In its most fundamental essence, the stuff of computing is symbol structures (systems of symbols, that is, entities that ‘stand for’, represent, or denote other entities like data, information or knowledge).
Computing is symbol processing.
Any automaton capable of processing symbol structures is a computer.
The ‘phenomena’ associated with computers as Perlis, Newell, and Simon suggested are all ultimately reducible to symbol structures and their processing.
We may choose to call such symbol structures information, data, or knowledge depending on the particular ‘culture’ within computer science to which we belong.
Computer science is, ultimately, the science of automatic symbol processing, an insight which Allen Newell and Herbert Simon have emphasized.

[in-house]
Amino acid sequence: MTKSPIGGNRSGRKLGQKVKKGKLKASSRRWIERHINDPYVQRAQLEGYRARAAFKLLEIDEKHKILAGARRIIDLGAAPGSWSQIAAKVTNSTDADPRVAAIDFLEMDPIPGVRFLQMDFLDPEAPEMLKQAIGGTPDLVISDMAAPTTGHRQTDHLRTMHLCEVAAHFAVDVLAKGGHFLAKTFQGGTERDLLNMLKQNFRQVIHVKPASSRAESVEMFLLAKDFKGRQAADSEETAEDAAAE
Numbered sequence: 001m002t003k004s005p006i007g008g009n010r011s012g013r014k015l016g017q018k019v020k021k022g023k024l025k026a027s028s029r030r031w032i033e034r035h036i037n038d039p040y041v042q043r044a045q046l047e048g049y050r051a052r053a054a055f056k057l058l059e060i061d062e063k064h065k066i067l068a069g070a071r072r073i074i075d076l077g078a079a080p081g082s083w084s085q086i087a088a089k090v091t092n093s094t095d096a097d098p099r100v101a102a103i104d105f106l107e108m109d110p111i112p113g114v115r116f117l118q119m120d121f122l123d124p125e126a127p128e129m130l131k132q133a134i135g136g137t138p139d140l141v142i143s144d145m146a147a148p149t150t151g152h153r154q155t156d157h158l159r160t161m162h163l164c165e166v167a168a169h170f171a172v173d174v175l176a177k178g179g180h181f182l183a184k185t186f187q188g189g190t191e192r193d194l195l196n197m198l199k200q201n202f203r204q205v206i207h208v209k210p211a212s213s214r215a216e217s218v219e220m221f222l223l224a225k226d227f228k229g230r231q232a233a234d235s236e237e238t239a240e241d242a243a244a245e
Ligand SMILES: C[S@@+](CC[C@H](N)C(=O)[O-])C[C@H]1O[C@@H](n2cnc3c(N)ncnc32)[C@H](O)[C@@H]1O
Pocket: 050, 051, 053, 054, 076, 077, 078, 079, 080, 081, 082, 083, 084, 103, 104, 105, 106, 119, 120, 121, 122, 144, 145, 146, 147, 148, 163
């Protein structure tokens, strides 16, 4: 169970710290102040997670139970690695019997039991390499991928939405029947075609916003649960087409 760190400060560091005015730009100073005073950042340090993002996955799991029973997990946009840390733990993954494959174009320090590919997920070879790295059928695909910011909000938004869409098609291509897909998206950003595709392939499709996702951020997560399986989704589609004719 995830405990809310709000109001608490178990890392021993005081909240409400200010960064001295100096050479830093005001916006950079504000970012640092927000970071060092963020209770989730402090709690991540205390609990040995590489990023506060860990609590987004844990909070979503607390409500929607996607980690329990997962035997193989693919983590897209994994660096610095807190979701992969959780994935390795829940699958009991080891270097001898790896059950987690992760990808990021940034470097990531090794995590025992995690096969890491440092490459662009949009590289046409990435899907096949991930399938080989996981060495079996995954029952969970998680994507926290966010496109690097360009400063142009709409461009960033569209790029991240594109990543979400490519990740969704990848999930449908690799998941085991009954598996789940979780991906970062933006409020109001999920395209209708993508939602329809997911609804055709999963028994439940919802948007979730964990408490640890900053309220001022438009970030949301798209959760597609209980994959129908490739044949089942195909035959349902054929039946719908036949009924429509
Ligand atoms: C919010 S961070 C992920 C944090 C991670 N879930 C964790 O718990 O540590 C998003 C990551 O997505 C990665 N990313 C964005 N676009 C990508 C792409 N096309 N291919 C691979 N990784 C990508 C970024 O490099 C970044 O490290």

The present is the past rolled up for action, and the past is the present unrolled for understanding.
We must operate with partial knowledge, and be provisionally content with probabilities.
Since man is a moment in astronomic time, a transient guest of the earth, a spore of his species, a scion of his race, a composite of body, character, and mind, a member of a family and a community, a believer or doubter of a faith, a unit in an economy, perhaps a citizen in a state or a soldier in an army, we may ask under the corresponding heads—astronomy, geology, geography, biology, ethnology, psychology, morality, religion, economics, politics, and war—what history has to say about the nature, conduct, and prospects of man.